Here's a Simple Way to Make Netflix' New Profiles System Even More Useful

Here's a Simple Way to Make Netflix' New Profiles System Even More Useful

Oct 18, 2013

Netflix recently changed the way it handles its queue system, allowing for multiple family members to create their own streaming profiles. A welcome addition, yes, but here's how you can manipulate the new system to make it even more useful.

My problem started started with R.O.T.O.R., a 1988 no-budget mishmash of concepts stolen from Terminator and RoboCop (a robotic cop goes on a killing spree). It was the best kind of bad movie, so full of ambition and yet so low on the means to actually execute that ambition. I streamed it through Netflix with a couple of friends who also have a soft spot for terrible genre films and we laughed all the way through. When the film ended, I was prompted to give it a one-to-five star rating to help Netflix’ recommendation engine. I froze.

Do I give this admittedly one-star movie a single star? In that case, I’m telling Netflix that I don’t really want recommendations like this. It puts R.O.T.O.R., a total stinker that I enjoyed, on the same level as films that I truly do hate. As a bad movie, it’s a five-star star dud, but giving it five stars equates it with the best movies I’ve ever seen. What’s a fan of cheesy movies to do?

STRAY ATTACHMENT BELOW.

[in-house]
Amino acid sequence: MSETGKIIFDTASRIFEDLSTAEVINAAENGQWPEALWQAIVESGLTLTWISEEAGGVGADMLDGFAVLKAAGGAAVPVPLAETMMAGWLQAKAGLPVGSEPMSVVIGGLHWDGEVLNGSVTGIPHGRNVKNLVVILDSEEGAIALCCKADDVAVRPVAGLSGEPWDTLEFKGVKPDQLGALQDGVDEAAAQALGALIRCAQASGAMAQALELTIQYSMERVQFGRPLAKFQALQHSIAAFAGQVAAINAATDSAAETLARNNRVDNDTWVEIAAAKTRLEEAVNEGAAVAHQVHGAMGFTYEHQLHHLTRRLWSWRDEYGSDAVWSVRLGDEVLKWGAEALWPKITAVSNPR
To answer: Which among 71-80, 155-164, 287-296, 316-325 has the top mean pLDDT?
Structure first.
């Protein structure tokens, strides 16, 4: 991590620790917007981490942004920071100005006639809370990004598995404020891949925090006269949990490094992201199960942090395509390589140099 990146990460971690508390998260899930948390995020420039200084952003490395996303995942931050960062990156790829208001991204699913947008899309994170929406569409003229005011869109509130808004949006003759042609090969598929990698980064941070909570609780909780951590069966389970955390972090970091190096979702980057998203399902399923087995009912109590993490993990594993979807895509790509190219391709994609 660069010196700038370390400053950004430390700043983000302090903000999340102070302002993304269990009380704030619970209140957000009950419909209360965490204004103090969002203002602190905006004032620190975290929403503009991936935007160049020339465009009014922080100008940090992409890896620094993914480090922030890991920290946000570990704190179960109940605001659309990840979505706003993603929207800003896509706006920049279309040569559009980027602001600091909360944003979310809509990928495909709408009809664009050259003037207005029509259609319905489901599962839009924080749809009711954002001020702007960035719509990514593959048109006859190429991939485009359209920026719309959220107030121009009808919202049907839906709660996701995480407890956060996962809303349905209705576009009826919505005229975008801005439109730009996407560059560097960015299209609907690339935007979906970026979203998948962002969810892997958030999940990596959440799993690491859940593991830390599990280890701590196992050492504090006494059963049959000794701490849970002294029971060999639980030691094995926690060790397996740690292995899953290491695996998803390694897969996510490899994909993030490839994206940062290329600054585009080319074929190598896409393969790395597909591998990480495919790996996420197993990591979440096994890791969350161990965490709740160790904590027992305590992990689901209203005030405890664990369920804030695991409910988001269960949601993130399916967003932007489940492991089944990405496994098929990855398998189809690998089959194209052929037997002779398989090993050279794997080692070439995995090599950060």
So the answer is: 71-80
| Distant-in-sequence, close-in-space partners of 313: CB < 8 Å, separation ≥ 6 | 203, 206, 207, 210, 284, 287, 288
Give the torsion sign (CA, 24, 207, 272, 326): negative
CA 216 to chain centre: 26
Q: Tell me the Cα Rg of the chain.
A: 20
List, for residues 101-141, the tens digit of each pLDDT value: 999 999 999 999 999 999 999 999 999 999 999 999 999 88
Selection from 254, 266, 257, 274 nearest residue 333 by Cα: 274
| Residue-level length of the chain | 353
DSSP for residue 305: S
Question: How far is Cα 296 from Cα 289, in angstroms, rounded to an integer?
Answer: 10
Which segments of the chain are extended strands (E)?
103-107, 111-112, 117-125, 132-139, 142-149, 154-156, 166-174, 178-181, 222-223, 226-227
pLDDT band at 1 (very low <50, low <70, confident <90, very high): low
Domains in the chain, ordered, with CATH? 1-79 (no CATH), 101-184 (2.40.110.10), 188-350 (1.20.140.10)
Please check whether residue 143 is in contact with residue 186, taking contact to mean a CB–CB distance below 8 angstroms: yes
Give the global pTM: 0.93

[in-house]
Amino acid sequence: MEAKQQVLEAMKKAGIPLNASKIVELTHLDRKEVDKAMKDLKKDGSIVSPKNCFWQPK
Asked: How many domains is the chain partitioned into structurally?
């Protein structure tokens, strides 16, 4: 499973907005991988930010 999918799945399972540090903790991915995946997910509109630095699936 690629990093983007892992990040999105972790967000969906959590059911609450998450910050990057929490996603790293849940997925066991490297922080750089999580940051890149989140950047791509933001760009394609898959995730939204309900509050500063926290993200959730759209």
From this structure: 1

There’s finally a solution! A few weeks ago, Netflix rolled out the ability to create profiles on one account for different users within a household. These profiles also save the ratings that are given by the profile’s owner. Now, when my roommate’s daughter gives The Suite Life with Zack and Cody a five-star rating, my recommendations aren’t filled with other Disney Channel junk. In turn, she isn’t recommended a bunch of R-rated relationship dramas just because I gave Take This Waltz five stars.

The trick is, you don’t have to create profiles for people; you can create profiles for genres.

With the new feature, you can create a profile named “Best Worst Movies” and use that profile to give five-star ratings to your favorite stinkers. When you access that profile, all of the best bad movies should rise to the top of that profile’s recommendations, allowing you to see a slew of other movies that are as gloriously dumb as R.O.T.O.R.

This "life hack" works for other types of things as well. If you’re a true crime junkie, create a “True Crime” profile and five-star your favorite shows and movies. If you want stronger foreign-film recommendations, create a profile for that and five-star any foreign film you’ve ever liked (even if it would normally get three stars on your “real” profile). You’ll soon have Netflix “channels” where you can start to see content that might not be suggested to you otherwise. Grab some popcorn and enjoy!

Oh, and because you know you want to watch it, here's the trailer for R.O.T.O.R.:



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